1706745

Pixar never seems to fail, but Ratatouille hasn’t historically been among the number of their movies that I feel a particularly strong love for. Rewatching it, though, I couldn’t get over how much I wanted to be in Paris, and as the film progressed, I remembered what a charming piece of work it is. Remy, the gourmet rat with a gift for cookery, is beautifully animated; his little pert nose and expressive ears are used to heartrending effect. The long scenic shots of Paris are, of course, stunning. (Is it possible that Lingini’s apartment has the same blueprint as Sulley and Mike’s from Monsters Inc.? I’m just thinking of that long window…) All of the scenes set in the kitchen of Gusteau’s restaurant are exceptional on a technical level: many of them are shot from above, giving viewers a strong sense of an industrial kitchen as a well-oiled machine, as well as a haven for life’s misfits. (One of my favourite parts of the film is when Colette gives a potted biography of each chef, none of whom has an uninteresting past.) The floating Gusteau force-ghost who periodically appears to Remy, always clarifying that he is “a figment of your imagination”, is a delight. Other than that, I think the human plot is less engaging: hapless young Linguini is sweet when he’s interacting with Remy, but a bit of a waste of space in every other context, and Skinner’s villainy feels a little pantomime-y, although still executed with panache. What surprises me is the fact that the filmmakers make Linguini’s illegitimacy quite explicit: he’s Gusteau’s son, and Gusteau famously never married, but apparently “became close” to Linguini’s mother Renata. As ever with Pixar, an adult concept is treated without either sentimentality or luridness, but it still comes as something of a shock given that their core audience is probably middle America. Their perfect emotional pitch comes to the fore in the treatment of Anton Ego, though: the wordless scene where he eats Remy’s ratatouille and is instantly transported back to the comforting country kitchen of his childhood is worth a thousand words in cookbooks about the mnemonic powers of food and flavour. It never fails to make me cry a bit, actually.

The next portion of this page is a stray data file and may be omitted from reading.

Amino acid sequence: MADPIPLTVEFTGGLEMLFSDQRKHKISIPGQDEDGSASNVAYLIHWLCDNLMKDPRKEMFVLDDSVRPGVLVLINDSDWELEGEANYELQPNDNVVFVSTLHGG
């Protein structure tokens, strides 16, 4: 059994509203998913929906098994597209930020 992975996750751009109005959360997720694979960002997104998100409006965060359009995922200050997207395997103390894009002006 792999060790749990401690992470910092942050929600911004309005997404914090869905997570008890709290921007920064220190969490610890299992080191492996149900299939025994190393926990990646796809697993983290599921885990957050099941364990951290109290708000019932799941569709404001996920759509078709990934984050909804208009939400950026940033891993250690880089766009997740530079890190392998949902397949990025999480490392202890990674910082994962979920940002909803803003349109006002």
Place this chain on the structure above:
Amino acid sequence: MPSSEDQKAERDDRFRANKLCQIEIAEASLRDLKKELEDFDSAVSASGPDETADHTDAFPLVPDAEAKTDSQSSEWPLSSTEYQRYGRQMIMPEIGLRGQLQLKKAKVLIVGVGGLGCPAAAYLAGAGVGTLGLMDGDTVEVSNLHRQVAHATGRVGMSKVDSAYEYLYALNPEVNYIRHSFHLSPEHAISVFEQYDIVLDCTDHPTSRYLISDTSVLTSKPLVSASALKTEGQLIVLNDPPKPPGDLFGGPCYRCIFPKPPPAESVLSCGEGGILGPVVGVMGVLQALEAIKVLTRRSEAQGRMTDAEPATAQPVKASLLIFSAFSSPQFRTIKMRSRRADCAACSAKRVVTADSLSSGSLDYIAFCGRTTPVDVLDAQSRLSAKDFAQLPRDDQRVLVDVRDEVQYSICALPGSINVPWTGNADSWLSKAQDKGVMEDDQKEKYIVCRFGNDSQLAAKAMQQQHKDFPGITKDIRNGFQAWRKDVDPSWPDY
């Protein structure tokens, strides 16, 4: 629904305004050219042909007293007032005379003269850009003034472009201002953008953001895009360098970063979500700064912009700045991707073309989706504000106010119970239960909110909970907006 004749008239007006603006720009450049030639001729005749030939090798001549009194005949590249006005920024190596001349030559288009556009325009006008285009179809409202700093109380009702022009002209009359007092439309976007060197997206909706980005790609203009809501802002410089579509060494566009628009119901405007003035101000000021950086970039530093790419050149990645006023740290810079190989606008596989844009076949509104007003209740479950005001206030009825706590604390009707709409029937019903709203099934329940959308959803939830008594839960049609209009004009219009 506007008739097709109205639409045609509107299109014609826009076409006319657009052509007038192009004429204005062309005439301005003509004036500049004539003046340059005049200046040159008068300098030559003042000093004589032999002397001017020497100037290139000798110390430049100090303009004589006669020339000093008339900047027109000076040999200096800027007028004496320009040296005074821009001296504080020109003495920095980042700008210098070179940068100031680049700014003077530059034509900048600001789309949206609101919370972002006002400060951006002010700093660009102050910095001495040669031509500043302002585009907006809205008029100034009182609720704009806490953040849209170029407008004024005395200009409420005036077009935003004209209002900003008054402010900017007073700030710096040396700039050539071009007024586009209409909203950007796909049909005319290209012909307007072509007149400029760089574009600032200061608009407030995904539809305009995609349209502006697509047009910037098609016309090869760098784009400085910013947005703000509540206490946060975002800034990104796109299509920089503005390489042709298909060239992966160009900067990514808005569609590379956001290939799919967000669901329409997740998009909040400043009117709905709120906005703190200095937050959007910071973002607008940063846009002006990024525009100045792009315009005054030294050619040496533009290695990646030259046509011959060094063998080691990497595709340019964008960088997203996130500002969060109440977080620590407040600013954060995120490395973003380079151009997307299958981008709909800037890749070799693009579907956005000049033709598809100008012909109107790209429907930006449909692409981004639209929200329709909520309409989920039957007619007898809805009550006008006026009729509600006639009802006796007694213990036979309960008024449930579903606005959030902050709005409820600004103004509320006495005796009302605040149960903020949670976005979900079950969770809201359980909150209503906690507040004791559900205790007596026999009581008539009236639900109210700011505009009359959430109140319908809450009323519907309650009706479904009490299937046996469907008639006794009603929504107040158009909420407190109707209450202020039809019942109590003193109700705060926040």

aladdin-4k-blu-ray-cover